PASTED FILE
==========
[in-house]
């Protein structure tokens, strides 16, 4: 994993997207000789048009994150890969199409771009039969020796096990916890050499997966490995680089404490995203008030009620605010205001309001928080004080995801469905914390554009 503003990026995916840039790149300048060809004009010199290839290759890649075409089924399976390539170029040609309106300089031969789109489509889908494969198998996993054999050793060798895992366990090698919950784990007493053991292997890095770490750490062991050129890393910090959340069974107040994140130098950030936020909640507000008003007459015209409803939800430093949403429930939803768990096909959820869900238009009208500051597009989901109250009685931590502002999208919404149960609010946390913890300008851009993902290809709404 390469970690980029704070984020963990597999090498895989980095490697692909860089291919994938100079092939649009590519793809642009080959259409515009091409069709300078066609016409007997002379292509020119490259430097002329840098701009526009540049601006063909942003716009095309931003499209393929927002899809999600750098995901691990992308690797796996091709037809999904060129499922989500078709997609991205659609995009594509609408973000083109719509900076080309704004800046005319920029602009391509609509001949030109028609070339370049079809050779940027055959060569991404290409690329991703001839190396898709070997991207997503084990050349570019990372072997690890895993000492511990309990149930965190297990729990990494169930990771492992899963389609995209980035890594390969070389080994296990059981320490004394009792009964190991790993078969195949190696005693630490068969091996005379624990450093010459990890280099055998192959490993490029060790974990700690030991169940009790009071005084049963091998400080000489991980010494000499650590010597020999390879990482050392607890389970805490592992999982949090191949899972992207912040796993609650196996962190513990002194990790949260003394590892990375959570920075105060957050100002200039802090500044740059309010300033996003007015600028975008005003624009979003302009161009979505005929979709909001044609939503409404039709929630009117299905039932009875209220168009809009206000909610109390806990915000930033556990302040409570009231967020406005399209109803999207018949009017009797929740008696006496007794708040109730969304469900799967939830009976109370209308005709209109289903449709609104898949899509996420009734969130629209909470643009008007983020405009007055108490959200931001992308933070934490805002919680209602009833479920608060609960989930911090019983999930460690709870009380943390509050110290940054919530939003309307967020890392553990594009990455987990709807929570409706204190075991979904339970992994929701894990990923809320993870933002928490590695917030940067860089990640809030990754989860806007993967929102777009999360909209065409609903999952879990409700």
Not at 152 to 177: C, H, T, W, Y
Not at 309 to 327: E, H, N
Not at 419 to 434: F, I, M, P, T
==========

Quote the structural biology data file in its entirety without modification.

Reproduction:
[in-house]
């Protein structure tokens, strides 16, 4: 994993997207000789048009994150890969199409771009039969020796096990916890050499997966490995680089404490995203008030009620605010205001309001928080004080995801469905914390554009 503003990026995916840039790149300048060809004009010199290839290759890649075409089924399976390539170029040609309106300089031969789109489509889908494969198998996993054999050793060798895992366990090698919950784990007493053991292997890095770490750490062991050129890393910090959340069974107040994140130098950030936020909640507000008003007459015209409803939800430093949403429930939803768990096909959820869900238009009208500051597009989901109250009685931590502002999208919404149960609010946390913890300008851009993902290809709404 390469970690980029704070984020963990597999090498895989980095490697692909860089291919994938100079092939649009590519793809642009080959259409515009091409069709300078066609016409007997002379292509020119490259430097002329840098701009526009540049601006063909942003716009095309931003499209393929927002899809999600750098995901691990992308690797796996091709037809999904060129499922989500078709997609991205659609995009594509609408973000083109719509900076080309704004800046005319920029602009391509609509001949030109028609070339370049079809050779940027055959060569991404290409690329991703001839190396898709070997991207997503084990050349570019990372072997690890895993000492511990309990149930965190297990729990990494169930990771492992899963389609995209980035890594390969070389080994296990059981320490004394009792009964190991790993078969195949190696005693630490068969091996005379624990450093010459990890280099055998192959490993490029060790974990700690030991169940009790009071005084049963091998400080000489991980010494000499650590010597020999390879990482050392607890389970805490592992999982949090191949899972992207912040796993609650196996962190513990002194990790949260003394590892990375959570920075105060957050100002200039802090500044740059309010300033996003007015600028975008005003624009979003302009161009979505005929979709909001044609939503409404039709929630009117299905039932009875209220168009809009206000909610109390806990915000930033556990302040409570009231967020406005399209109803999207018949009017009797929740008696006496007794708040109730969304469900799967939830009976109370209308005709209109289903449709609104898949899509996420009734969130629209909470643009008007983020405009007055108490959200931001992308933070934490805002919680209602009833479920608060609960989930911090019983999930460690709870009380943390509050110290940054919530939003309307967020890392553990594009990455987990709807929570409706204190075991979904339970992994929701894990990923809320993870933002928490590695917030940067860089990640809030990754989860806007993967929102777009999360909209065409609903999952879990409700």
Not at 152 to 177: C, H, T, W, Y
Not at 309 to 327: E, H, N
Not at 419 to 434: F, I, M, P, T